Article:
His wife, Pola Esther, who is also an artist, says that Stephens’ use of fables reminds people of life lessons and can be heartwarming. “The answers are quite simple … Sometimes they are uplifting, sometimes they are a warning,” she says.
And they are universal, applying to young or old, she notes.
The exhibition’s wall text echoes those sentiments: “At a time when the constant and omnipresent flow of information makes it harder than ever to identify what is true, Stephens’ work encourages viewers to recall the simple human virtues embodied by animals in countless tales. These enduring folk wisdoms are a source of solace and a reminder that decency can prevail and help the world to heal in even the most difficult times.”
Hungry for art
Stephens, 47, recalls that North Stonington — where his parents, Robert Gordon Stephens and Frances Theresa Stephens, still live — was a sleepy farm town and a beautiful spot when he was growing up.
He was interested in art all along, but not to the extent that he planned to head to a college of art after graduating from Wheeler High School.
“I didn’t really have (art) around me. It was more something I explored on my own,” Stephens says.
Art, he says, “was something I understood. It just came to me. You can’t really describe it.” A person might, for instance, look at a photograph and understand it, or want to create something like it, he says.
Photography was his first outlet, and he was interested in film, too. But he eventually found himself gravitating toward painting.
Stephens spent one year majoring in business at college before leaving and deciding instead to attend the Lyme Academy College of Fine Arts, graduating in 1998. He didn’t seek out Lyme Academy because it was a figurative school; he just fell in love with the place and says he had a great education there.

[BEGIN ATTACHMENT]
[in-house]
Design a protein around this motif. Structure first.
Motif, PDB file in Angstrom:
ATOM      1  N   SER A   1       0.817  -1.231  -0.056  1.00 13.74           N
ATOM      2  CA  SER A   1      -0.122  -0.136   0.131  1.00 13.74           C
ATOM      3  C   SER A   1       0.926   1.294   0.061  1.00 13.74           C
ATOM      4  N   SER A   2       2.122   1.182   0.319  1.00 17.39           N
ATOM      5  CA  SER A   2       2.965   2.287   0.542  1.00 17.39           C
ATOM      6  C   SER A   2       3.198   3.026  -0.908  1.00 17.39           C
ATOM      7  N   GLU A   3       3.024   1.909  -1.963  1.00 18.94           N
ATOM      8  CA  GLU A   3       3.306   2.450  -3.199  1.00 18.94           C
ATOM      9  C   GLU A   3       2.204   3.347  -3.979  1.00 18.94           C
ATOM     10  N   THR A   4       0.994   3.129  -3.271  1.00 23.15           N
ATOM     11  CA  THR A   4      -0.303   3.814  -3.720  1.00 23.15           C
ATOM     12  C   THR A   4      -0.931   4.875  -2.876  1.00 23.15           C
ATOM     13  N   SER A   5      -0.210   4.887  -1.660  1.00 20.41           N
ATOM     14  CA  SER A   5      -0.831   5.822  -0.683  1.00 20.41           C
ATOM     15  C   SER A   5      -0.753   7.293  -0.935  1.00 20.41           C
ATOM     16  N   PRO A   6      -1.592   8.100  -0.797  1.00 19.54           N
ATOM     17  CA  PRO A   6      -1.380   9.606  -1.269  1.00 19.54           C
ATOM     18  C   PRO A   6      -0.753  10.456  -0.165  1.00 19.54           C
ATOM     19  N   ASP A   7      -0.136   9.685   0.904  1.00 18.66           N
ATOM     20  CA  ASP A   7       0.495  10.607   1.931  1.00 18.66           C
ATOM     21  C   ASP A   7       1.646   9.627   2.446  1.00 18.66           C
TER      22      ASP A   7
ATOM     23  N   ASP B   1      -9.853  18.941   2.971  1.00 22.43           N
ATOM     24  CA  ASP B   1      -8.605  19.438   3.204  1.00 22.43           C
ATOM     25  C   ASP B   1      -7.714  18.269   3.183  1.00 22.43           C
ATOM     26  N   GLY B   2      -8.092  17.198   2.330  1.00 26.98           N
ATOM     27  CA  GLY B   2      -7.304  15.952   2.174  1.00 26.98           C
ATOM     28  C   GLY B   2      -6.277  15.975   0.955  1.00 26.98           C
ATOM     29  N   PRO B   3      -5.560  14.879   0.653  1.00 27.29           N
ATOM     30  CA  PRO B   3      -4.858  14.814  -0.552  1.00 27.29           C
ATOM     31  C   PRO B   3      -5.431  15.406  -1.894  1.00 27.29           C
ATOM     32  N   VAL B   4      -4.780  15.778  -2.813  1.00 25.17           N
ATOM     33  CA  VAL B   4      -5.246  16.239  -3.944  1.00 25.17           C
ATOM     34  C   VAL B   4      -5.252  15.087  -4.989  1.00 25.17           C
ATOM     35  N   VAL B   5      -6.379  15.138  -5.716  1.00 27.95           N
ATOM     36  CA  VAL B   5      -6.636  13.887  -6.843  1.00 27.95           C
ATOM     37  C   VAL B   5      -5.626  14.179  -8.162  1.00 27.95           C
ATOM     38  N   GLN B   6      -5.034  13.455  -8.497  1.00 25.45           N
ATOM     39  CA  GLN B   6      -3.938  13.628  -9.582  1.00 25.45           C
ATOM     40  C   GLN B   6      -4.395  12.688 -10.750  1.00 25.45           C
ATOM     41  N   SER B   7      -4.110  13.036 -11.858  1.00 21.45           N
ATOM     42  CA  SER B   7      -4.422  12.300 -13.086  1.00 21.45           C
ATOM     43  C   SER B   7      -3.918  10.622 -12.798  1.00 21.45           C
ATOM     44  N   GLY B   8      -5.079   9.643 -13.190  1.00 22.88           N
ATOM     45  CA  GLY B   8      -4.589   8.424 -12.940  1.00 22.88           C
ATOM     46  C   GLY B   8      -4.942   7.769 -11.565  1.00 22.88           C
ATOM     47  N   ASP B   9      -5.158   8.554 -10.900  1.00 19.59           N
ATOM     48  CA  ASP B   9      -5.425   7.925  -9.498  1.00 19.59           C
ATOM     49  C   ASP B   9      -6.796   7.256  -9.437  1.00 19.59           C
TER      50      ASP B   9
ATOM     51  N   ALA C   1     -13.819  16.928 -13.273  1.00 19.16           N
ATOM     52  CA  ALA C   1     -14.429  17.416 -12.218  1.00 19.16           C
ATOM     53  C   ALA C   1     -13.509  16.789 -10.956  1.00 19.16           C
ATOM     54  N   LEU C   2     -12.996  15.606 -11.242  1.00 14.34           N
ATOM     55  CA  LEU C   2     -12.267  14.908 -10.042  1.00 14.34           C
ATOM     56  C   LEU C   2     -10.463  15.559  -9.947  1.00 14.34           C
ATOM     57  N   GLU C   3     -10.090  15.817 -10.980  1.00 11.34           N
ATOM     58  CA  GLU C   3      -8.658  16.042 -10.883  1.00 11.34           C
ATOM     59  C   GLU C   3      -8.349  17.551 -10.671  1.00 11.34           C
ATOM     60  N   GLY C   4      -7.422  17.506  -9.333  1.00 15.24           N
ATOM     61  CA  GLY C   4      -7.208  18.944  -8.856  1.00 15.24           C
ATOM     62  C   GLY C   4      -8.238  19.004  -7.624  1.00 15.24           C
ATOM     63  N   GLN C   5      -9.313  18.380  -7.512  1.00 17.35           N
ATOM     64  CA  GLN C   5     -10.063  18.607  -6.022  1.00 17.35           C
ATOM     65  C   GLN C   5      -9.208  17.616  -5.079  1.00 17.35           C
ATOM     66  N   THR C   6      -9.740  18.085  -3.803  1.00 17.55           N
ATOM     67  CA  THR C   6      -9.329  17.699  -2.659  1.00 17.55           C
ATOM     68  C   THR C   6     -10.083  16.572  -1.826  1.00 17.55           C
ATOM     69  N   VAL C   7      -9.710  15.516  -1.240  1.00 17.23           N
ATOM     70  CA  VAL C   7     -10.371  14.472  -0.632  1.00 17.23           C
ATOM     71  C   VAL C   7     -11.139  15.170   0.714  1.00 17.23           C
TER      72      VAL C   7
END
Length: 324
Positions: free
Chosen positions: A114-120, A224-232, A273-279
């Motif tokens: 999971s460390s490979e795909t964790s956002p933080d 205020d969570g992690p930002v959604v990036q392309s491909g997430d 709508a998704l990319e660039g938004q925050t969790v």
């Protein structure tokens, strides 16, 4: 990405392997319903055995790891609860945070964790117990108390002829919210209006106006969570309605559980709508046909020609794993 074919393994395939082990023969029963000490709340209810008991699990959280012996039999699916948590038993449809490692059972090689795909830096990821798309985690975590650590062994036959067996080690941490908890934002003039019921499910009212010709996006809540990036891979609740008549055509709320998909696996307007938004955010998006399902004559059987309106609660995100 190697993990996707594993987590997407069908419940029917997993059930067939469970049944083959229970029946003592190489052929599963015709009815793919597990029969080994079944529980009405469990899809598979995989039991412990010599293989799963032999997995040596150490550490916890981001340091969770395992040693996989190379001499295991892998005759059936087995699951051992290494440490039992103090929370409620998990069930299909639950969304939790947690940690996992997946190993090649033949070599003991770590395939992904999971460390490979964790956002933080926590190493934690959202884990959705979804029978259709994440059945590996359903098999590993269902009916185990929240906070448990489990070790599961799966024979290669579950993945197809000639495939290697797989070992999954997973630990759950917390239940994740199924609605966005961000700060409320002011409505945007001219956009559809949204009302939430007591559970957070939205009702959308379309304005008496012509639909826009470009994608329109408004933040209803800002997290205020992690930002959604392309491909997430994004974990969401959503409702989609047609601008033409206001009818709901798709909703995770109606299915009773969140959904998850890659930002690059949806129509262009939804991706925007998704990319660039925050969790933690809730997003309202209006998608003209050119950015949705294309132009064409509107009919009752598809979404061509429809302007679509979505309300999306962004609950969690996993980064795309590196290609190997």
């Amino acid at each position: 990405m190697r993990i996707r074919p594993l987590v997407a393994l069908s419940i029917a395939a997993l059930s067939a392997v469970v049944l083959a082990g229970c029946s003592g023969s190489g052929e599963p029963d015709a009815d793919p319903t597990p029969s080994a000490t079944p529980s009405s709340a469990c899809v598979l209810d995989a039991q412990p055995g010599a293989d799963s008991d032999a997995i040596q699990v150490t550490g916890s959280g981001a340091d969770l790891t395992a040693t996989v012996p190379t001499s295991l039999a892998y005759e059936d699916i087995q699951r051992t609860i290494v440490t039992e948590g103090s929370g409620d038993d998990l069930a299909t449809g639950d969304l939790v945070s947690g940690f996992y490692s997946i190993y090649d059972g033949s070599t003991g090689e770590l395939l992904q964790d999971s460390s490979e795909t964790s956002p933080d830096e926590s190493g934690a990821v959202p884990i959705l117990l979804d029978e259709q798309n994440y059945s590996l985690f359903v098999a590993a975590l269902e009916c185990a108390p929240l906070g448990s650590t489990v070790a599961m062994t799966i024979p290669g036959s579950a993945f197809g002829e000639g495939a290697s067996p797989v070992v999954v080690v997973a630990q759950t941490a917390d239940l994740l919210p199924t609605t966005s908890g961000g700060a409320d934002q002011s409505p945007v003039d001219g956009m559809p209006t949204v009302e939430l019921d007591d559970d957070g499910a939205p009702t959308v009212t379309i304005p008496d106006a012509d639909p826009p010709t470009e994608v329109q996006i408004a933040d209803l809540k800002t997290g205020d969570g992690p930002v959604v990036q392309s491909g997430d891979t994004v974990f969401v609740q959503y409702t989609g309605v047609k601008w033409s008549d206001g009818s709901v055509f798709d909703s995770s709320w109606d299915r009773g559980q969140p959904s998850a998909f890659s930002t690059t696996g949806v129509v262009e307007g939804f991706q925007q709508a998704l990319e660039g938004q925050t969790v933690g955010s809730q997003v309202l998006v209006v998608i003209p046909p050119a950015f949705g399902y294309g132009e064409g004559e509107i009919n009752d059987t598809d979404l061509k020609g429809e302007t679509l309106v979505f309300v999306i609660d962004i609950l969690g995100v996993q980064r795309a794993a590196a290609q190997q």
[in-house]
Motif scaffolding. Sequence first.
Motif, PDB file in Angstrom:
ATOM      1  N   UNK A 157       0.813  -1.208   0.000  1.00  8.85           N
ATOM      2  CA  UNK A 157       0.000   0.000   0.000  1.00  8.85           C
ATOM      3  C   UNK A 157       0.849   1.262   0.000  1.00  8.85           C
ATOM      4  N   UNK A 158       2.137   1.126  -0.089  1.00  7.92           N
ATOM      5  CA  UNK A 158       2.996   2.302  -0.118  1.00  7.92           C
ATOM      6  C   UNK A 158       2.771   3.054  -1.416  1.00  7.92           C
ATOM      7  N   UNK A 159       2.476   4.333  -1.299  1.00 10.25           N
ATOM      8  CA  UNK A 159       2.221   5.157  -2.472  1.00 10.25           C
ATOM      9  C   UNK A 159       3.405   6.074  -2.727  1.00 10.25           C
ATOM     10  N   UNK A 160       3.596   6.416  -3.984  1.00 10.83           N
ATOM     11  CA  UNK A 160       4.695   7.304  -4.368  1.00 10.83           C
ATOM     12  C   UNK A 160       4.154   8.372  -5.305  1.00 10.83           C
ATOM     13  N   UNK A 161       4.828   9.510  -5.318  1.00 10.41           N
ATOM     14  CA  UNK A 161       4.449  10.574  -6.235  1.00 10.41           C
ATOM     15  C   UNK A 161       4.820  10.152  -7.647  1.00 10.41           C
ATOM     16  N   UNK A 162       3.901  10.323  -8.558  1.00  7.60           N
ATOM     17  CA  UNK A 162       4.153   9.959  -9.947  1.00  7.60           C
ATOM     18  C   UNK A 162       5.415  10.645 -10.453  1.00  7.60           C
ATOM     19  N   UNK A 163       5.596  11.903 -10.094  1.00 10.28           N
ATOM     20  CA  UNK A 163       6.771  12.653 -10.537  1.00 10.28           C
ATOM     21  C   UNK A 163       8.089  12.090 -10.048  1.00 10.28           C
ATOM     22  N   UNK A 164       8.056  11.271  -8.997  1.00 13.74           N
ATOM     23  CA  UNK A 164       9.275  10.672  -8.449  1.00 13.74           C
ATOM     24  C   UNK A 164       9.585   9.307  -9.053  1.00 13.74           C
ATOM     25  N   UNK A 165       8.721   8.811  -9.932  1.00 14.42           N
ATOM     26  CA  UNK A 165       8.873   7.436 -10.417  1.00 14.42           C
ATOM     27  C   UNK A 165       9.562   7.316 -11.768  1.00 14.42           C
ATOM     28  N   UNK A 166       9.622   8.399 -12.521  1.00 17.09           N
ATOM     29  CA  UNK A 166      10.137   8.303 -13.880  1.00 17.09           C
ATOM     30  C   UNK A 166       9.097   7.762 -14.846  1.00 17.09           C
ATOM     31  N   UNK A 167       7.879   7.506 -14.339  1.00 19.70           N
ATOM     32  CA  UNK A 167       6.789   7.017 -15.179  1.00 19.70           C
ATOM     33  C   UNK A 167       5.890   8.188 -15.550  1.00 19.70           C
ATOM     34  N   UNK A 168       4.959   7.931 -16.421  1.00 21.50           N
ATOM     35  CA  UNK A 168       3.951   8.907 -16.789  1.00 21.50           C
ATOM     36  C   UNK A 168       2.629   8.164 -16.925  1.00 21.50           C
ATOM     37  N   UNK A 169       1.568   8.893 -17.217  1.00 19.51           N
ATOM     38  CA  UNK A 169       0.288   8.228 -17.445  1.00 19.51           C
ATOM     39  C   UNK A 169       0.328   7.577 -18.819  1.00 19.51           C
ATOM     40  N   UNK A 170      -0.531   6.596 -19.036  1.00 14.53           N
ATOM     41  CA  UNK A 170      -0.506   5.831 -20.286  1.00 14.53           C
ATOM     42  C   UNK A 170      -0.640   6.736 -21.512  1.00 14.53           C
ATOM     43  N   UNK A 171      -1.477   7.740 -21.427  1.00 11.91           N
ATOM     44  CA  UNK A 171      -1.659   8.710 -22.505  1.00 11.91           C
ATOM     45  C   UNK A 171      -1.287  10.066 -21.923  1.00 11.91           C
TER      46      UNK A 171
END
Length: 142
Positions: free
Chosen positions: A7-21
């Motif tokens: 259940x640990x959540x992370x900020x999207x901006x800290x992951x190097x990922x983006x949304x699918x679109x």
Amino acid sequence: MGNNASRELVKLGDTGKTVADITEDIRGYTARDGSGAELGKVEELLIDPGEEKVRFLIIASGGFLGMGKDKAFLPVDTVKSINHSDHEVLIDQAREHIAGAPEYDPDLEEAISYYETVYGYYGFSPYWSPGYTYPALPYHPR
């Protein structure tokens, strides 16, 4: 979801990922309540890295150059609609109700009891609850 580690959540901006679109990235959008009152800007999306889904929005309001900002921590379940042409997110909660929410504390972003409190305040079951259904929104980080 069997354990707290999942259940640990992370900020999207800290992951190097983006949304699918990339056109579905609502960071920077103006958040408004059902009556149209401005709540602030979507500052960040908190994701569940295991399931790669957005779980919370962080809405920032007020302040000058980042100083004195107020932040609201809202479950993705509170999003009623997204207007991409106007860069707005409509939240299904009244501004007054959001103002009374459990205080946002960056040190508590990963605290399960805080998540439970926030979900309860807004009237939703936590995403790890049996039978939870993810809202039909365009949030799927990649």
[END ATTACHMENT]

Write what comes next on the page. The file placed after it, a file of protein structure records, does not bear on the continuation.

“I really wanted to do art, and wherever I was (at school), I would have used it for me,” says Stephens. “I was very excited about doing it and very hungry for it.”
He attended the Academie de la Grande Chaumiere in Paris and earned a master’s degree from the City College of New York in 2000.
Stephens says one of the wonderful things about art is it can bridge different cultures and different people.
And in discussing “Almost True Tales,” Stephens said in a Lyman Allyn statement: “At the center of my work and life are these fascinations with myth, the spectrum of human passion, our kinship to the spirit of the wild animal, and the challenges of balancing the real with the fanciful. My art has been and continues to be my outlet for exploring these themes and conjuring up new ones.”
If you go
What: “Brian Keith Stephens: Almost True Tales”
Where: Lyman Allyn Art Museum, 625 Williams St., New London
When: Through May 9; hours 10 a.m.-5 p.m. Tues.-Sat. and 1-5 p.m. Sun. Last admission at 4 p.m.
Admission: $12 for adults, $9 for seniors, $5 for students, $7 for active military personnel, and free for kids under 12, for members and for New London residents
Contact: (860) 443-2545, lymanallyn.org
Artist Talk: Brian Keith Stephens gives virtual talk at 6 p.m. March 31; visit lymanallyn.org to register